Horse Facility Temperature and Humidity During Winter Conditions
During late winter three stables and two indoor riding arenas were monitored for temperature and humidity profiles. Study objective was to collect background information on current practices and conditions in horse stabling during cold weather conditions. Wireless datalogger/sensors were mounted on stall walls and protected by wire cages from horse damage. Horse stables are often under-ventilated due to the common use of residential (rather than agricultural) construction practices and a misdirected objective of providing tight construction for trapping animal heat. The study compares three stables with more typical agricultural construction. One was a well-designed naturally ventilated stable and two were renovated bank barns. The two old converted dairy barns relied on hundreds of meters of cracks for air infiltration between barn boards for cold weather air exchange. The well-designed stable retained barn-board crack ventilation which was supplemented with substantial eave and ridge vents. All three stables performed adequately, according to common natural ventilation guidelines, with the eave-ridge vent system providing the most uniform and desirable environment. The indoor riding arena environments were similar to outdoor temperatures but were more humid, presumably due to the large quantities of water added to the riding surface to decrease dust. This high humidity condition needs to be recognized in construction material selection and practices.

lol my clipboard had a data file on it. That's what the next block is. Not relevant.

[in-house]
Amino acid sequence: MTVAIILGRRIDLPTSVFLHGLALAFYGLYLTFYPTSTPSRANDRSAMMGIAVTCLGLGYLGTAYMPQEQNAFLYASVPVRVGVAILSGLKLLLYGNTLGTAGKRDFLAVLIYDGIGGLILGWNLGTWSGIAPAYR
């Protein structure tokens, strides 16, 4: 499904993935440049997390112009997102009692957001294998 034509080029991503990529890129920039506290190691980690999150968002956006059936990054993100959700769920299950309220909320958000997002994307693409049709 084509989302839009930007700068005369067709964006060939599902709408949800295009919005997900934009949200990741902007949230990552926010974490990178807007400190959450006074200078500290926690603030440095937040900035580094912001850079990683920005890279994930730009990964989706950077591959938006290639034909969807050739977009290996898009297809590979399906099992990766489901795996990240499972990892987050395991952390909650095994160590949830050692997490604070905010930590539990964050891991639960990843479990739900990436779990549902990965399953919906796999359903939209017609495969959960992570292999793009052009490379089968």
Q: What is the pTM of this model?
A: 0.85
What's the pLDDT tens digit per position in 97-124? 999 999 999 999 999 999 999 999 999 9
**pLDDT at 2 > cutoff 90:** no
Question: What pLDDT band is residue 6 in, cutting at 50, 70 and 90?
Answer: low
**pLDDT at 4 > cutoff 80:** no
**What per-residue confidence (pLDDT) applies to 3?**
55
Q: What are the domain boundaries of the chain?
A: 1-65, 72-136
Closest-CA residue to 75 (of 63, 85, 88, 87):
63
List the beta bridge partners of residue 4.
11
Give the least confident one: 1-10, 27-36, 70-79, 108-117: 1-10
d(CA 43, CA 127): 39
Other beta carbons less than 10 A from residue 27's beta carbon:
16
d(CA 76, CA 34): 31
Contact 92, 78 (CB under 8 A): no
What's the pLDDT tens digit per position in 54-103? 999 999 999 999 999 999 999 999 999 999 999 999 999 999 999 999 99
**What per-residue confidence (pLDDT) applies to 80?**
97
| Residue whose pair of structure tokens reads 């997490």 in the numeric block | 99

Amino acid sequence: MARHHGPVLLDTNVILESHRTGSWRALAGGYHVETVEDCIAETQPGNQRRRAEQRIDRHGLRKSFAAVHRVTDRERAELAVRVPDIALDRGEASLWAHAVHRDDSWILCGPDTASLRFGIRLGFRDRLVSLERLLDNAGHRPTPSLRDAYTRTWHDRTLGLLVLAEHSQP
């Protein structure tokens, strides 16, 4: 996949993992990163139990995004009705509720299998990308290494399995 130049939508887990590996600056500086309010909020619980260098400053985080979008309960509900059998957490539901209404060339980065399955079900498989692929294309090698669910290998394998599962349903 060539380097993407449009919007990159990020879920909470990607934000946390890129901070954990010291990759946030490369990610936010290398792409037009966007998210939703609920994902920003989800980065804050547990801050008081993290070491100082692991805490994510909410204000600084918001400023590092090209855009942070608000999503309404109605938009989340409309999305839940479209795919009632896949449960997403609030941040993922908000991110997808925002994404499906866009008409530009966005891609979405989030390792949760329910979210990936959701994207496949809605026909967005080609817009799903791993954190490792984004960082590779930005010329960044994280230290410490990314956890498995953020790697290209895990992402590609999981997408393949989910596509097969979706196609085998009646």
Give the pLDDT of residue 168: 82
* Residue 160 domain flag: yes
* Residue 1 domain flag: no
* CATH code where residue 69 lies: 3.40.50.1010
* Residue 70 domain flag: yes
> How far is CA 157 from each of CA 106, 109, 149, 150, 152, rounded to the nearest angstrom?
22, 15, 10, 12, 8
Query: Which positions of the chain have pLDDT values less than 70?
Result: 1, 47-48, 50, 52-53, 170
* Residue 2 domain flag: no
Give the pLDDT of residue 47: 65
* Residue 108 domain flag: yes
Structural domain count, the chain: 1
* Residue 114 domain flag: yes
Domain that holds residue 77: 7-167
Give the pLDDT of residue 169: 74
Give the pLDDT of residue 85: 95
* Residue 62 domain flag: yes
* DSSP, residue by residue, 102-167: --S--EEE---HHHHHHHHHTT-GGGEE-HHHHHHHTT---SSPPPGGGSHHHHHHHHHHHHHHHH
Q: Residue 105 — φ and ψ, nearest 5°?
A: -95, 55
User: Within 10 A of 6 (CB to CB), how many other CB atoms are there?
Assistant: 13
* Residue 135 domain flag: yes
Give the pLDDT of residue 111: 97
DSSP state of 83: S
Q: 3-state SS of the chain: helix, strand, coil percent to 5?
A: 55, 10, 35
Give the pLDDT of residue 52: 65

- Wheeler, E. F., J L. Zajaczkowski, and R. E. Graves. 2001. Horse facility temperature and humidity during winter conditions. In Proceedings of Sixth International Livestock Environment Symposium, ASAE, St. Josephs, MI. pp. 386-393.
Prepared by E. F. Wheeler, J. L. Zajaczkowski, and R. E. Graves